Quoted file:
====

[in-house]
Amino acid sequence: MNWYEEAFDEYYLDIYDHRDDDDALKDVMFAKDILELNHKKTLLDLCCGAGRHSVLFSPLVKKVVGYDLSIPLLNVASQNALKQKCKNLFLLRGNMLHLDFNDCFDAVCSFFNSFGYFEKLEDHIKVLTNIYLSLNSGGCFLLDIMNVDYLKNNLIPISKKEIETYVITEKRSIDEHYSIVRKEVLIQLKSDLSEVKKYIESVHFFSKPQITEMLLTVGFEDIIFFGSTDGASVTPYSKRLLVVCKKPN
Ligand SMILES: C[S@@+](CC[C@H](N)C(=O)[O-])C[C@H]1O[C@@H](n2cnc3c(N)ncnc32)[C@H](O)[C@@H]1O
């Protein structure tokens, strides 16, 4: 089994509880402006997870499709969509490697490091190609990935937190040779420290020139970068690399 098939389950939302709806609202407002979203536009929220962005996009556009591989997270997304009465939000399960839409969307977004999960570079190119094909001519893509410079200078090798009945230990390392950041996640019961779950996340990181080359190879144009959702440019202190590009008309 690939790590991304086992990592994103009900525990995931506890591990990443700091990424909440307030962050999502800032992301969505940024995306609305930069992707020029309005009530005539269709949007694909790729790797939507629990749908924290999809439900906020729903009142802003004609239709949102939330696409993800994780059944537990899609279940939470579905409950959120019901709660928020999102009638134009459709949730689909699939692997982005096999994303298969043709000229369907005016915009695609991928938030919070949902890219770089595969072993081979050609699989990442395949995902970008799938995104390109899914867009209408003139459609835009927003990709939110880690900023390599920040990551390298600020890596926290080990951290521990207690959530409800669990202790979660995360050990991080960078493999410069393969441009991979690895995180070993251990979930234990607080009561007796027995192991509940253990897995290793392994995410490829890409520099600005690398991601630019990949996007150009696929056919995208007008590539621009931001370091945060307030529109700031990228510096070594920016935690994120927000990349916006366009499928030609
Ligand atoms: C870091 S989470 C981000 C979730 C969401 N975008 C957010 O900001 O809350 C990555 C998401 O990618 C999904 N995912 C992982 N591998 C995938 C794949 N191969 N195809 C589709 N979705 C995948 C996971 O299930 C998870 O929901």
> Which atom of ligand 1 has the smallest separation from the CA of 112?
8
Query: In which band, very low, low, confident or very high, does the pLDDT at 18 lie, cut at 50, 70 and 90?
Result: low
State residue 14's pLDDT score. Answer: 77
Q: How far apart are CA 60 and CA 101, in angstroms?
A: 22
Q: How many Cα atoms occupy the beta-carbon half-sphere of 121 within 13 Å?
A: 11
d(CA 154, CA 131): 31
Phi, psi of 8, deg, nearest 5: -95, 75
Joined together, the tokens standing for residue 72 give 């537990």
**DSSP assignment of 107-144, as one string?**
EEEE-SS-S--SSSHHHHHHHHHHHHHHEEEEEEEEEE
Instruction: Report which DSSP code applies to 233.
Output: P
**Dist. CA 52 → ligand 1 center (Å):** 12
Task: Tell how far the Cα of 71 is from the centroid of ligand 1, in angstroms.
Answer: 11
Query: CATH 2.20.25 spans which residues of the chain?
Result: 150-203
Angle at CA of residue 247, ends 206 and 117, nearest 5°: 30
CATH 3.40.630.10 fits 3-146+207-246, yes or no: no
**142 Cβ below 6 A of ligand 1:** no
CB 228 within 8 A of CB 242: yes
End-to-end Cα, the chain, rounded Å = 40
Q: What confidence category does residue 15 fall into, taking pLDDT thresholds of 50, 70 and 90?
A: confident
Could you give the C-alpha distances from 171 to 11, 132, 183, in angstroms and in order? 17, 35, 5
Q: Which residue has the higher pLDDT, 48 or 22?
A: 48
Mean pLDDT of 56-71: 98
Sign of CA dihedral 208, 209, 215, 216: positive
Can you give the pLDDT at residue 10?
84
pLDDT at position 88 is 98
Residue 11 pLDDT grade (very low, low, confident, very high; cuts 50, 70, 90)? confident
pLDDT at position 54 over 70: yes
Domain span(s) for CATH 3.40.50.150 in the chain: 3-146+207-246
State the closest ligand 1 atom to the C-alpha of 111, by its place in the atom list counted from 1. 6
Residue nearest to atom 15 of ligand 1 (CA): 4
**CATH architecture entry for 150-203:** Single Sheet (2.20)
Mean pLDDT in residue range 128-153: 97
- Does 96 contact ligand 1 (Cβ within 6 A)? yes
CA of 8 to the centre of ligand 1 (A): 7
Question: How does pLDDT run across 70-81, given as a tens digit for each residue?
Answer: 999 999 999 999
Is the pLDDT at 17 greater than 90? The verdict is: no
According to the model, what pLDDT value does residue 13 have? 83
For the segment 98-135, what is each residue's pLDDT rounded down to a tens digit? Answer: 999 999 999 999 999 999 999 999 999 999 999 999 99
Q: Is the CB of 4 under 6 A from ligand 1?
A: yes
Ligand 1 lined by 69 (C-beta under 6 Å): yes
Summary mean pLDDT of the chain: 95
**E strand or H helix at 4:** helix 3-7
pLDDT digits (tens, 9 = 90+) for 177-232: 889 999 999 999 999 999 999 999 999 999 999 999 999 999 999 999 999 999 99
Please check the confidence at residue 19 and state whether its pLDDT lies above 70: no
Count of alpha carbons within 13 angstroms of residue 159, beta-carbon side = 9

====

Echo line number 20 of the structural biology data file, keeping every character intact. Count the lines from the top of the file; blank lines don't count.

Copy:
Instruction: Report which DSSP code applies to 233.